Drawbacks – Flexibility is normally limited, since ERP systems are not specifically built to support a forecasting process. Most organisations use several ERP systems, limiting the above benefit. Integration with other systems may be costly or impossible.
Benefit – Can be adapted to each company’s specific needs.
Drawback – High cost due to tailoring. Also, flexibility is limited to changes from time to time.
Benefits – Built to support the liquidity management process and usually integrates with multiple ERP systems.
Drawbacks – Additional system with own version management and system administration generates costs.
It is easy to simply automate your current process without exploring the possibilities offered by the technology. Similarly, it is easy to misjudge a system and end up with one that does not fulfil all needs and future needs, and thereby restrict the development of the forecast process when the implementation project has ended. Therefore, it is important to ensure that the standardised system does not set restrictions on what the organisation is trying to achieve by implementing it. It is especially important to ensure that flexibility in the standardised system meets future requirements.
In addition, using professional financial consultants is recommended when evaluating system support for cash forecasting. A consultant can also provide vital input on improvements in the liquidity management process that might be needed in preparing for the implementation of a cash forecast system.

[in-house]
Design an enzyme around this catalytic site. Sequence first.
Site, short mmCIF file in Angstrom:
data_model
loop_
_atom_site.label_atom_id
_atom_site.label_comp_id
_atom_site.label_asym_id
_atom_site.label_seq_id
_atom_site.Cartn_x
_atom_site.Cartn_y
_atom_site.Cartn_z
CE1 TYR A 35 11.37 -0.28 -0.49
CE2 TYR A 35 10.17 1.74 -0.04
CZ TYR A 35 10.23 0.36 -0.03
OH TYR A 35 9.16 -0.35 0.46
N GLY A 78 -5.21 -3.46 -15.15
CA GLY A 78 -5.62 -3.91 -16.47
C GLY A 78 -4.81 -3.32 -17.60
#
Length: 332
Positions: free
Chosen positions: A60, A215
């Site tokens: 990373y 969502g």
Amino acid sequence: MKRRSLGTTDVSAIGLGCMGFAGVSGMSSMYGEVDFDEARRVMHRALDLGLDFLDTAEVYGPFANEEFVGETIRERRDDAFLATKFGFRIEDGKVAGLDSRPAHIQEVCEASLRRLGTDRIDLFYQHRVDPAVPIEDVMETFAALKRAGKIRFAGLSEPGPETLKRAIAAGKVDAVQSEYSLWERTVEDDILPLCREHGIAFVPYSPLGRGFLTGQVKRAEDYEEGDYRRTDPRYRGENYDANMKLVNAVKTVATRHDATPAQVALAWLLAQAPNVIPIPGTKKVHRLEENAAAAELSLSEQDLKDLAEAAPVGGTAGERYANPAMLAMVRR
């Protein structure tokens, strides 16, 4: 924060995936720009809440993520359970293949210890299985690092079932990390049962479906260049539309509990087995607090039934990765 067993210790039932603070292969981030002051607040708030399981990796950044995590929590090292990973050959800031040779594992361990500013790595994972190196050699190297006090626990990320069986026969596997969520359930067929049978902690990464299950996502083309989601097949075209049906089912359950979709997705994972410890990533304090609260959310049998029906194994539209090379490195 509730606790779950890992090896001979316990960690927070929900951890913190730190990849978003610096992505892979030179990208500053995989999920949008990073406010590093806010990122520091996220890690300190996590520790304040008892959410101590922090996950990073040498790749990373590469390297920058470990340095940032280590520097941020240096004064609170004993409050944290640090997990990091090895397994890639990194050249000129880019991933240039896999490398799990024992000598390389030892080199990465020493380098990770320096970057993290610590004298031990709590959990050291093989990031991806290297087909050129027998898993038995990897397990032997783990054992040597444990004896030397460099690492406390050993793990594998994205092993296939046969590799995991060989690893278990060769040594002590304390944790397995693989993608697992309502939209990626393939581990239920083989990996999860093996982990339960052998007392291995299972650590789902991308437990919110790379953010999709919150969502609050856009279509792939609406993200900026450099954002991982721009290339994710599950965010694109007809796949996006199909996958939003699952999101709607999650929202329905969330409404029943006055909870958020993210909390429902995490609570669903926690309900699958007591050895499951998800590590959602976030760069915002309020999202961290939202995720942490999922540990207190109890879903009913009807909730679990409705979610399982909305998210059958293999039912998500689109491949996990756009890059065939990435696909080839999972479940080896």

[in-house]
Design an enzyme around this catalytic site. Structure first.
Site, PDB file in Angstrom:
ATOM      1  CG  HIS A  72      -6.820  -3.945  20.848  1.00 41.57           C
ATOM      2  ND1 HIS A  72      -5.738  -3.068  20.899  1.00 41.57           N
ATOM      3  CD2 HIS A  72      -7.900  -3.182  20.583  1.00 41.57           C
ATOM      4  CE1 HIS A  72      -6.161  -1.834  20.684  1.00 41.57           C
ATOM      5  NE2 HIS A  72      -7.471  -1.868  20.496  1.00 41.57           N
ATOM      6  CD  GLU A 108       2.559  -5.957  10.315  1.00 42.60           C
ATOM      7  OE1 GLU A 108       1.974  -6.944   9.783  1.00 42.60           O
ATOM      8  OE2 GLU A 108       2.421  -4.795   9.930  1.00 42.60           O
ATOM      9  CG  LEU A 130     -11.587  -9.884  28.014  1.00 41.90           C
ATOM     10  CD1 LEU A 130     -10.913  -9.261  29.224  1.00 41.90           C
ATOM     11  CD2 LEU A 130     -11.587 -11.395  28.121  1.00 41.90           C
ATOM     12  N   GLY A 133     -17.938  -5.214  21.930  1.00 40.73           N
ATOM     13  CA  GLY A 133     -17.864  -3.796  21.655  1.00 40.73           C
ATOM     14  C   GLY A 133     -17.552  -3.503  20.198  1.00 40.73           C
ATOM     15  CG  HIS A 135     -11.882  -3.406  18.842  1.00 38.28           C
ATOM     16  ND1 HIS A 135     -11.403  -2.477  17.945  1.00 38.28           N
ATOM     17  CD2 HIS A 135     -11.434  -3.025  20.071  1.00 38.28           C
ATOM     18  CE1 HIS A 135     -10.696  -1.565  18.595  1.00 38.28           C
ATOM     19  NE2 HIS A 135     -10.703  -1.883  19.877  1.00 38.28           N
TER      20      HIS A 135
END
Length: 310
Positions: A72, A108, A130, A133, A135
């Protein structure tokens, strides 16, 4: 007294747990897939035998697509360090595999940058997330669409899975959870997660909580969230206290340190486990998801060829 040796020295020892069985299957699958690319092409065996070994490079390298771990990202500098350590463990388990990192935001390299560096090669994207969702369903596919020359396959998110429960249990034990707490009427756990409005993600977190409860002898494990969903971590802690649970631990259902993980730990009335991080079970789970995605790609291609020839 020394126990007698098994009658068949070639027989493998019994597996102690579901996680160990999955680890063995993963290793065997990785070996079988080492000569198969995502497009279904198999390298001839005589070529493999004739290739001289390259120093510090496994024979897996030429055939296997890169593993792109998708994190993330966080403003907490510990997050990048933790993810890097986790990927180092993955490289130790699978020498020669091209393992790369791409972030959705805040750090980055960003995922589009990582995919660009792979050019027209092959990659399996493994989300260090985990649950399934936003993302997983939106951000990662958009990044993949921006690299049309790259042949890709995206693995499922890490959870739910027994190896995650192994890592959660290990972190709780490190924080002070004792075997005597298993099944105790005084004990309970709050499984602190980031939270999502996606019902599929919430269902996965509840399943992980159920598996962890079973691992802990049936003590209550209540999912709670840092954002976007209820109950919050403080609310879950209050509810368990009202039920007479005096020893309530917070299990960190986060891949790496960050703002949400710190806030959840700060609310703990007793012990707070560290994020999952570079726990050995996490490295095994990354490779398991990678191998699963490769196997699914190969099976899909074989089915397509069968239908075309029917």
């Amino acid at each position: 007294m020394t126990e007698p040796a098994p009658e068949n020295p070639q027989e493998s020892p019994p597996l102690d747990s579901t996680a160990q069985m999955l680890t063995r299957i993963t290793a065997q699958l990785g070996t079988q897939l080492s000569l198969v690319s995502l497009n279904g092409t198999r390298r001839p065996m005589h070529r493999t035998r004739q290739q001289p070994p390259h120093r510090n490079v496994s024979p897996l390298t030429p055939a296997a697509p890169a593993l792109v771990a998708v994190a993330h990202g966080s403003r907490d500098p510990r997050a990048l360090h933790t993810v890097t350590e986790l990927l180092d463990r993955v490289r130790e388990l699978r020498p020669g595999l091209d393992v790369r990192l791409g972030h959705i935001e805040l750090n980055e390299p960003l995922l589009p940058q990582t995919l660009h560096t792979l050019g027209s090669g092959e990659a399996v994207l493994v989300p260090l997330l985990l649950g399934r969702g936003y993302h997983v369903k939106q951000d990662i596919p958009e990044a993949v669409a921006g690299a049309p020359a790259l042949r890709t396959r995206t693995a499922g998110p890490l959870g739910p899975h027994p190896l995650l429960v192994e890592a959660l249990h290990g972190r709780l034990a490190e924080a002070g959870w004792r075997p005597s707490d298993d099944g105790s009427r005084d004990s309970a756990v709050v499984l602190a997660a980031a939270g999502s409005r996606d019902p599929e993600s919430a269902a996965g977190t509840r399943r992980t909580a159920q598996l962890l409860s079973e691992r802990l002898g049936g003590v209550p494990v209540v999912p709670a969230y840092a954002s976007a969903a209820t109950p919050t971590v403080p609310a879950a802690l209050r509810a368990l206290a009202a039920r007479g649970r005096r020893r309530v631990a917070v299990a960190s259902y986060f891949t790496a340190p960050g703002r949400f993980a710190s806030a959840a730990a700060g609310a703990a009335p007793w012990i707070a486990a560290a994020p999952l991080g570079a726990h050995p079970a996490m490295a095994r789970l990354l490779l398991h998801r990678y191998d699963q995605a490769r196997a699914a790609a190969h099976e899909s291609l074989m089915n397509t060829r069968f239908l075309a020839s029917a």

After identifying all of the processes affecting liquidity management, it is possible to achieve the goal of an automated system supported process. With automation, you can easily collect data from different systems in a single database, and your time can be spent on analysing data instead of aggregating and consolidating it. The differences between manual and system supported forecasting processes are illustrated in Figures 3 and 4.
When integrating ERP and financial systems into a central database, you can obtain more benefits than forecasting cash flows. For example, if all open invoices are consolidated into one database, this can provide you with the opportunity to analyse overdues at group level. In many cases, overdues can increase as cash pools are set up. One of the reasons for this is that it may be easier to ask the treasury for an internal loan than putting pressure on a customer to pay on time.
Other examples of issues that can be analysed are volume of invoices, size of invoices and peak times of invoices. Without integration, it is difficult to perform such an analysis, since you need to collect data from different ERP systems in order to obtain figures for all subsidiaries.
Setting up a forecasting system should always be examined from a liquidity management process point-of-view. Process perspective is important, because forecasting is not isolated but dependent on other processes in the organisation. The first step is to review the nature of cash flows in the organisation, the second is to involve the management and reporting units and the third step is to choose the most suitable system that is also flexible enough for future needs. Also, when integrating systems into a central database and automating the process, you can obtain more benefits than just forecasting cash flows.